Collins Says She ‘Strongly’ Supports Jan. 6 Commission — But With Caveats

WASHINGTON, DC - MAY 12: U.S. Sen. Susan Collins (R-ME) speaks during a hearing before the Senate Appropriations Committee at Hart Senate Office Building on May 12, 2021 on Capitol Hill in Washington, DC. The committ... WASHINGTON, DC - MAY 12: U.S. Sen. Susan Collins (R-ME) speaks during a hearing before the Senate Appropriations Committee at Hart Senate Office Building on May 12, 2021 on Capitol Hill in Washington, DC. The committee held a hearing on “Domestic Violent Extremism in America.” (Photo by Alex Wong/Getty Images) MORE LESS

Sen. Susan Collins (R-ME) on Sunday signaled that she is supportive of an independent commission to investigate the Jan. 6 Capitol insurrection, but that some modifications are needed for the House-passed bill to create the commission to pass through the Senate.

Last week, 35 House Republicans joined Democrats in voting for a 9/11-style bipartisan commission to look into the Jan. 6 attack on the Capitol. All 10 House Republicans who voted to impeach former President Trump for “incitement of insurrection” crossed party lines to approve the measure in a 252-175 vote. The bill, however, is likely to hit snags in the Senate, where Republicans who previously signaled support for the commission’s formation have walked back their previous remarks.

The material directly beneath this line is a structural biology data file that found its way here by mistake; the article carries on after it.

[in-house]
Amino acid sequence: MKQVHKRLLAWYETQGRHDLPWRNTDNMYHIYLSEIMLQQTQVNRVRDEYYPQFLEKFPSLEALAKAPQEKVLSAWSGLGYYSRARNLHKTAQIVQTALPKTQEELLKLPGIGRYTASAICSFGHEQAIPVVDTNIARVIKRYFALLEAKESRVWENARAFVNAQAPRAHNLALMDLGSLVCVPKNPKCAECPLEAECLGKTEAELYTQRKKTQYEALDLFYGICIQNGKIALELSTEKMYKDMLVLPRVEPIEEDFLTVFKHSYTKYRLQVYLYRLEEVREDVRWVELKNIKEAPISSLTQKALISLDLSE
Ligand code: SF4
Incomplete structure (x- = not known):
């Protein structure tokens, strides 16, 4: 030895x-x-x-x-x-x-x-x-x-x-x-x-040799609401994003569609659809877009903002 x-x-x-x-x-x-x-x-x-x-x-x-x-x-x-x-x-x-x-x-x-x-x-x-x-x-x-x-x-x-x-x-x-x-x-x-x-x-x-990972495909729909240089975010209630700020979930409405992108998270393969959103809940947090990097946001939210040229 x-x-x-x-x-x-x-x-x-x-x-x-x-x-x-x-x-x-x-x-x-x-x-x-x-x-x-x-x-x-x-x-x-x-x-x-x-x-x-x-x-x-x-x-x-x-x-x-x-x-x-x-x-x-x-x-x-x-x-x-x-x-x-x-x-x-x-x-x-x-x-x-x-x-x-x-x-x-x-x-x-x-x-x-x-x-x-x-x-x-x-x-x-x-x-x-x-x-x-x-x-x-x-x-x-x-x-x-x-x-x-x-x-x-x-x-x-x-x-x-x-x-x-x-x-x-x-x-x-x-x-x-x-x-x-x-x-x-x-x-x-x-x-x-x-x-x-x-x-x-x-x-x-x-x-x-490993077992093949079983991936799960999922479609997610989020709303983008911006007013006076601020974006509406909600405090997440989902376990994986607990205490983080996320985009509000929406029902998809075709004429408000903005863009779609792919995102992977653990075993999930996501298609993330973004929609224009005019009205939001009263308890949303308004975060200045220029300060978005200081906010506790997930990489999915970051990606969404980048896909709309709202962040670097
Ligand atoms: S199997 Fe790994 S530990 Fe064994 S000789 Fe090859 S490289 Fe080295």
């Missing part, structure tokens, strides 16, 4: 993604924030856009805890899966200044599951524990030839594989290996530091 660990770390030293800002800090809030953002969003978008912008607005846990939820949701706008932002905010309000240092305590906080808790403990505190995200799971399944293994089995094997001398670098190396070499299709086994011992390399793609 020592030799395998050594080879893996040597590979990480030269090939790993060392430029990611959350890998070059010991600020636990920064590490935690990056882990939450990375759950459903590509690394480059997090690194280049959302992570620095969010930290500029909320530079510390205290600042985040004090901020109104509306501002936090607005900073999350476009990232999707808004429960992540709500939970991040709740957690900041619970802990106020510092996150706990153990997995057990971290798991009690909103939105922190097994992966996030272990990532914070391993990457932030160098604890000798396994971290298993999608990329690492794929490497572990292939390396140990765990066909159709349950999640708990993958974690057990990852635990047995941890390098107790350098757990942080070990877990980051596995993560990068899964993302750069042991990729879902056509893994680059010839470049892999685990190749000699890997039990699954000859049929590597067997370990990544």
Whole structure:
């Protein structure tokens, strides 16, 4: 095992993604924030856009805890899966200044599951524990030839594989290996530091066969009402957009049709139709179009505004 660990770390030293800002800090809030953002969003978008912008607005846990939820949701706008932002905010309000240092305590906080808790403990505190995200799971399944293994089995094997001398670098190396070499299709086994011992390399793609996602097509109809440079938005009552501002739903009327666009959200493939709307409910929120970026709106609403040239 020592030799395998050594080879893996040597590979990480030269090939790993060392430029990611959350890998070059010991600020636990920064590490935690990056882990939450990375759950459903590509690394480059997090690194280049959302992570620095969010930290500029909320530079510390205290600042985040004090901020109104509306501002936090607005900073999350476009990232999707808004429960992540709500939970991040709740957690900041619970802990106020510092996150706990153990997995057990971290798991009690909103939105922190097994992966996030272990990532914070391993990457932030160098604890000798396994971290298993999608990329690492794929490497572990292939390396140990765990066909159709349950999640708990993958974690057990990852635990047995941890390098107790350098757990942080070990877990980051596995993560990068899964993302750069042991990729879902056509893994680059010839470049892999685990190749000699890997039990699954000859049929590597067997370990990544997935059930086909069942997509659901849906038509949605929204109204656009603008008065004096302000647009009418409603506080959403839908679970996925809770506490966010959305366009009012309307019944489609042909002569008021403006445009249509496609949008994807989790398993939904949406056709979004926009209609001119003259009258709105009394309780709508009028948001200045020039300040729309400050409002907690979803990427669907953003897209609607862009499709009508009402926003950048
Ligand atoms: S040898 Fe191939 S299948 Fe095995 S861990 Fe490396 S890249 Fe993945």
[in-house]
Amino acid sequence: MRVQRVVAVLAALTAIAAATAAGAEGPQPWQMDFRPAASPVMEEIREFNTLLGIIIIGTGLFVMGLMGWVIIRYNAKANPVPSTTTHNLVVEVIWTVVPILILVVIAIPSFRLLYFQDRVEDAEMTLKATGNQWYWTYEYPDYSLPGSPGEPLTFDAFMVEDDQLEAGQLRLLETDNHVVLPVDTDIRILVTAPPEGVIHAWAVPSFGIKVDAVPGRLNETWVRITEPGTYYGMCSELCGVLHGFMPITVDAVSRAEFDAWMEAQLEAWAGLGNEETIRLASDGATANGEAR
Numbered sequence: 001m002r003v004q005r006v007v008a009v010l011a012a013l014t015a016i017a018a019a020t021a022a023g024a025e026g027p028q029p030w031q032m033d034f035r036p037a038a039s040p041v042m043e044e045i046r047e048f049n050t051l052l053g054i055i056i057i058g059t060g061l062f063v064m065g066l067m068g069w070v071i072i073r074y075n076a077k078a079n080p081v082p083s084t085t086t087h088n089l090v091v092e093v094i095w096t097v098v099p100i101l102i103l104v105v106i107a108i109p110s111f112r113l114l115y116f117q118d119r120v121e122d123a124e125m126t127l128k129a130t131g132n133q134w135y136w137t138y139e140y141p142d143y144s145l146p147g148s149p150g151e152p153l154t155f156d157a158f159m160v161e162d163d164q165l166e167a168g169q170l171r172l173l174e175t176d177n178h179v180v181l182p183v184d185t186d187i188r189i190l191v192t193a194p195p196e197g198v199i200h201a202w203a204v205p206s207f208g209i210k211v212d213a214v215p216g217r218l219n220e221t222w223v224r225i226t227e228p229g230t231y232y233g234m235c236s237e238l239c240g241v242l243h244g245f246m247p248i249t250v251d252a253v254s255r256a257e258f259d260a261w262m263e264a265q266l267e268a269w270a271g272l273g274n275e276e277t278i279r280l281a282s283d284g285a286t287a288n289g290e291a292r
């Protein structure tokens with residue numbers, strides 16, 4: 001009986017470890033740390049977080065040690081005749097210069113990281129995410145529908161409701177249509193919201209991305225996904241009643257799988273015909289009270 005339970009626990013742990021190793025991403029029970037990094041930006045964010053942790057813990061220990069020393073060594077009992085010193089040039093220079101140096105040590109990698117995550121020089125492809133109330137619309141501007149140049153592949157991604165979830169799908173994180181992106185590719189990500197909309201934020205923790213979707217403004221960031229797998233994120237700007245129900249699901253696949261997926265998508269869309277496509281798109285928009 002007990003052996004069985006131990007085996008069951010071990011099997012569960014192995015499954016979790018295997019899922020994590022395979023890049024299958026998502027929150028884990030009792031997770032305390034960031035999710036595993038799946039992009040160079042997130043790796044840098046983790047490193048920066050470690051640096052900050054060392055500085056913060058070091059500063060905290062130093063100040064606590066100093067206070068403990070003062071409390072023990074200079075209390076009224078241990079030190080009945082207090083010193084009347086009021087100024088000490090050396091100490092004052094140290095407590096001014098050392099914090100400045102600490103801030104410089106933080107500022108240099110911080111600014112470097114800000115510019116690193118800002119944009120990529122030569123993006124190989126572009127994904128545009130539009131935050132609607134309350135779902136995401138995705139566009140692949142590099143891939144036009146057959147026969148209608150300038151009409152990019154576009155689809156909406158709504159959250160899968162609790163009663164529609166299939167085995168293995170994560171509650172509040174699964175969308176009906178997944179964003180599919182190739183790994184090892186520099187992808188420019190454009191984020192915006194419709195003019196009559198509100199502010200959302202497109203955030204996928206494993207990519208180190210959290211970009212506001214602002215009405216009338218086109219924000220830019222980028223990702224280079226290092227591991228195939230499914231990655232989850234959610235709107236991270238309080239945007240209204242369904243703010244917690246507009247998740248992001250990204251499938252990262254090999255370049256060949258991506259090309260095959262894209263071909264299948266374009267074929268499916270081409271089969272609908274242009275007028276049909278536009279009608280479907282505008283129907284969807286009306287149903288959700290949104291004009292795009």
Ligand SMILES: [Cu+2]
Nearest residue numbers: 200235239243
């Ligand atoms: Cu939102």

Appearing on ABC News, Collins was pressed on why she won’t get on board with the commission as passed by the House, which gives Democrats a win on scope, given that she took aim at Trump for provoking the Capitol insurrection that left five dead.

Collins replied that she “strongly” supports the Jan. 6 commission’s creation, before trying to clarify the conditions that she believes are needed in order for her to green light the commission.

“I believe there are many unanswered questions about the attacks on the Capitol on January 6th. We need to figure out how we can enhance security, why we weren’t better prepared, and we want the Capitol to be an open, accessible symbol of our democracy,” Collins said. “So I support the creation of a non-partisan, bipartisan commission.”

Collins, who was one of the handful of Republicans that voted to convict Trump for inciting the mob behind the Capitol attack, added that there are two “resolvable” issues with the proposed legislation that passed the House last week.

“One has to do with staffing, and I think that both sides should either jointly appoint the staff or there should be equal numbers of staff appointed by the chairman and the vice chairman,” Collins said. “The second issue is, I see no reason why the report cannot be completed by the end of this year. The commissioners have to be appointed within ten days. There’s plenty of time to complete the work.”

Collins expressed optimism that the House-passed bill can make it through the Senate based on recent conversations she had with House Speaker Nancy Pelosi (D-CA) and Majority Leader Steny Hoyer (D-MD).

Last week, Senate Minority Leader Mitch McConnell (R-KY) and House Minority Leader Kevin McCarthy (R-CA) voiced their opposition to supporting the now-House-passed bill for the Jan. 6 commission. Although the proposed commission would be evenly split between both parties, McConnell and McCarthy complained that the bill was partisan.

Watch Collins’ remarks below:

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